Taylor, the Davie Fire Department marshal, says he was already familiar with that Tesla manual and with the idea that EV fires require more long-term monitoring and enormous amounts of water.

“Once it’s extinguished, you have to keep monitoring it using a thermal imager,” Taylor tells ConsumerAffairs.

Other fire departments have also prepared for situations like this. The town of Mountain View, California is in the heart of Silicon Valley. The local fire department got hands-on practice for putting out battery fires in 2014, in a special training session right at the Tesla factory, the Mountain View Fire Department chief said in a previous interview.

But not everyone got the message. Leone, the sergeant with the Davie police department, says that he only learned after the recent crash that Tesla has a special manual for first responders.

"It’s something that I just heard about yesterday,” Leone tells ConsumerAffairs. "I don’t own a Tesla so I never thought to look at the owner’s manual.”

"We are going to come up with some training for dealing with an issue like this, because Tesla is not the only battery-operated car,” he adds.

What experts say

Whether first responders are universally aware that EV cars can catch fire and require a different approach for firefighting has major public safety implications. According to researchers, the techniques that firefighters use for putting out gasoline-fueled fires could actually make the fire worse in a battery-powered car. Researchers say that lithium ion batteries in general pose an inherent fire risk.

“We’re in uncharted waters here,” Massachusetts Institute of Technology professor Donald Sadoway told Bloomberg magazine last year.  

The battery industry has improved lithium ion batteries over the years, but in situations where the battery cells are violently torn apart in a crash, “it's basically like a firecracker,” University of Pittsburgh engineering professor Prashant Kumta told the magazine. “You have one battery that catches fire, then the next one catches fire and pretty soon they’re all on fire.”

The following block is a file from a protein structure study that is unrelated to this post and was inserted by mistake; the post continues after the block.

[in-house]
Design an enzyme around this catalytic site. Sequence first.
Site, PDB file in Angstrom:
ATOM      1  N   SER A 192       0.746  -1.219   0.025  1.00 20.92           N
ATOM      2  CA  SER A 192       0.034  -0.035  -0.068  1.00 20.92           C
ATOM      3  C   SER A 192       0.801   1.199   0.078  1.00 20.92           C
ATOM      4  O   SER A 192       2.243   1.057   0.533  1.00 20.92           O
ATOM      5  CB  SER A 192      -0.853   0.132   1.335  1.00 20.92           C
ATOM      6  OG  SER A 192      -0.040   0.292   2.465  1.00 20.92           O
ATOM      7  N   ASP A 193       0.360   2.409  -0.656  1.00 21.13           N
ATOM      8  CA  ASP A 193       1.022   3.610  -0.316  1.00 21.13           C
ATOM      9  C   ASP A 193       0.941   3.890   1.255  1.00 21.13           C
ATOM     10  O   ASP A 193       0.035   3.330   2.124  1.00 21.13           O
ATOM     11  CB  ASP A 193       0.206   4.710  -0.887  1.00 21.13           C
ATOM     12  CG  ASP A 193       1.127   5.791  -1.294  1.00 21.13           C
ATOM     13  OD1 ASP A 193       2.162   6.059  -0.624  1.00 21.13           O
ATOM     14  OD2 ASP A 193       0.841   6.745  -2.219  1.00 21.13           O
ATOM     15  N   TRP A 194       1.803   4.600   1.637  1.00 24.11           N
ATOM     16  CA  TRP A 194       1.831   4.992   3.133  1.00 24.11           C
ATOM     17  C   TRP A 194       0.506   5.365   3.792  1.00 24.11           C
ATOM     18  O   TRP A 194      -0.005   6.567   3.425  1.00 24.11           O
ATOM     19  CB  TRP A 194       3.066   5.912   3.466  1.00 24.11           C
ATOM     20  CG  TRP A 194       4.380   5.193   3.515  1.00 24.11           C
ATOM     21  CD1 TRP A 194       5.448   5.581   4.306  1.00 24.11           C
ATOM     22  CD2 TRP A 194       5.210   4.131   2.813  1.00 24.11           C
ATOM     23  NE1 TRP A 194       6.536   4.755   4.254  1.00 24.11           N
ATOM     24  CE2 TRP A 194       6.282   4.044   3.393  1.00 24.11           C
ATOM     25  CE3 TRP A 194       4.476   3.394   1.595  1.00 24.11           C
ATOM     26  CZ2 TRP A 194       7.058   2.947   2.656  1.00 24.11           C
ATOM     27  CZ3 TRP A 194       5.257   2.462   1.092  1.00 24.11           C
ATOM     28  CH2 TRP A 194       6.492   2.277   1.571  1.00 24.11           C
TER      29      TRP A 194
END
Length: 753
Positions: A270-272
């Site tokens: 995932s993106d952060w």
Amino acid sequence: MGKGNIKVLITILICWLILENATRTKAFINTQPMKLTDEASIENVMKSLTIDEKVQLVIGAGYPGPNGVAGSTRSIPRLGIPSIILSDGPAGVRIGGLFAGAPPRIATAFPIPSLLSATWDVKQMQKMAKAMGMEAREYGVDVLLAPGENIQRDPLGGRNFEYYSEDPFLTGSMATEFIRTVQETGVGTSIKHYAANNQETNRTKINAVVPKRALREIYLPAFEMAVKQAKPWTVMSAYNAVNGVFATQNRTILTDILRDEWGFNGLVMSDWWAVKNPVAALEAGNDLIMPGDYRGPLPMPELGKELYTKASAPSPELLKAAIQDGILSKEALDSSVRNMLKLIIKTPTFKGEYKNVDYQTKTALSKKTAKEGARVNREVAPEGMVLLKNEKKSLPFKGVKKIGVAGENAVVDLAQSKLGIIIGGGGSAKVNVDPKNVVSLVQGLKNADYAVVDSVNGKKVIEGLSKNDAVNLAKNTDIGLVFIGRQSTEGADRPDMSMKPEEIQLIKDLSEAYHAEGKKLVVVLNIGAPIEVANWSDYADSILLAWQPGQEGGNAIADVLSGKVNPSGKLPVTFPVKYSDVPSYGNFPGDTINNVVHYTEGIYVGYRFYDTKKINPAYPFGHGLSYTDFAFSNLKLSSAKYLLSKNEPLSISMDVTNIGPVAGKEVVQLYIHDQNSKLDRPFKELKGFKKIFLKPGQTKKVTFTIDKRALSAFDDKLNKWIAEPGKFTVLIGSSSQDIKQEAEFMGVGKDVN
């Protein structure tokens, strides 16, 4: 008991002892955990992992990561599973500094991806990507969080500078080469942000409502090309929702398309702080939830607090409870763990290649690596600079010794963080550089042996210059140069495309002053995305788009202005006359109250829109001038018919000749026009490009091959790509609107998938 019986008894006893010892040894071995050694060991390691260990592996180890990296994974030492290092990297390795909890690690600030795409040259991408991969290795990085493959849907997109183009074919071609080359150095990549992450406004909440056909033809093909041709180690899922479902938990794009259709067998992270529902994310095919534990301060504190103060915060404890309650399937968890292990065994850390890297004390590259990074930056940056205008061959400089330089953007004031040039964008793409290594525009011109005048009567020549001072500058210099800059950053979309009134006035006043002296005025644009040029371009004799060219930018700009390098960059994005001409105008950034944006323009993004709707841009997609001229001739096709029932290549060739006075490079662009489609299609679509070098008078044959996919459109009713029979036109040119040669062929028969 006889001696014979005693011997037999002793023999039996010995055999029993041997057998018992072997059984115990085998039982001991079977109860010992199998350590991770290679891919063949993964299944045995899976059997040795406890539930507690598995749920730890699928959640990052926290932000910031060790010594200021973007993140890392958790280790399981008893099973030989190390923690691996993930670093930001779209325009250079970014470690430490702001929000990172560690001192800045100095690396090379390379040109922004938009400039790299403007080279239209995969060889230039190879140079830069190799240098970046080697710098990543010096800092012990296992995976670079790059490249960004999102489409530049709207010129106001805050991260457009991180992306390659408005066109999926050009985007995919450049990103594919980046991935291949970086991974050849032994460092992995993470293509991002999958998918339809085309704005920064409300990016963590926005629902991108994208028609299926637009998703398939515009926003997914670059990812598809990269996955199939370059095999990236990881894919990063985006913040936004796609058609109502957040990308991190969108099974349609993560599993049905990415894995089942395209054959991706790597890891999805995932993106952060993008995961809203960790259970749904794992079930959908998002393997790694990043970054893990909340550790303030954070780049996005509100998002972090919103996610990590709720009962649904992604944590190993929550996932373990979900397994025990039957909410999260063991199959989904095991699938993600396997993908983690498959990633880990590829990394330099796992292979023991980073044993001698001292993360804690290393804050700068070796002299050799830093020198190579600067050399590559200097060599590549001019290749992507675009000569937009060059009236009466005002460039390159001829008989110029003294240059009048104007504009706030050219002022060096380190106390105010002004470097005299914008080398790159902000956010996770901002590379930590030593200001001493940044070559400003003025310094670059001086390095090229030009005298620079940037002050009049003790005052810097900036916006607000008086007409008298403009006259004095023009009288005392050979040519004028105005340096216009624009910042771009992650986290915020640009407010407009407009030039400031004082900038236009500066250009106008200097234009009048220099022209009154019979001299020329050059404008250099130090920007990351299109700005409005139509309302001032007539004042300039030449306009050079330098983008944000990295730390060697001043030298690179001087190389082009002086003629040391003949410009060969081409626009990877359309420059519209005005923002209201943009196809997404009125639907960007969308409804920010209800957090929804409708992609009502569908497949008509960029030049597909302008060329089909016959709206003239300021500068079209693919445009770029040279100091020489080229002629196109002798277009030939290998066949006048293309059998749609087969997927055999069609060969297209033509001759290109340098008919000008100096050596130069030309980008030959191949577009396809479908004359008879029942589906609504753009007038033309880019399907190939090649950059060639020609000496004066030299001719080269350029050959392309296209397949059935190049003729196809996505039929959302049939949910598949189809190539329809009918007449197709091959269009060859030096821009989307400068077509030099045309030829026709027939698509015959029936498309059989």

The comparison between fire rates in battery-powered cars and gasoline cars is an unsettled science, but Musk can no longer claim that “the actual number [of fire injuries] to date is zero,” as he did in 2013.

The National Transportation Safety Board (NTSB) is currently investigating several fatal car crashes in which a Tesla caught on fire following a violent crash. The family of a teen killed in a high-speed Tesla crash in Fort Lauderdale recently filed a lawsuit alleging that the battery in the car was defective and “had inadequate measures to prevent a post-collision fire.” The fire in that crash also reignited several times after it was initially extinguished.

Tesla’s press team declined to answer questions from ConsumerAffairs about their outreach efforts to first responders or the likelihood of a Tesla catching on fire. A full statement from the company is below:

"We are deeply saddened by this accident and our thoughts are with everyone affected by this tragedy. We have reached out to the local authorities to offer our cooperation. We understand that speed is being investigated as a factor in this crash, and know that high speed collisions can result in a fire in any type of car, not just electric vehicles.”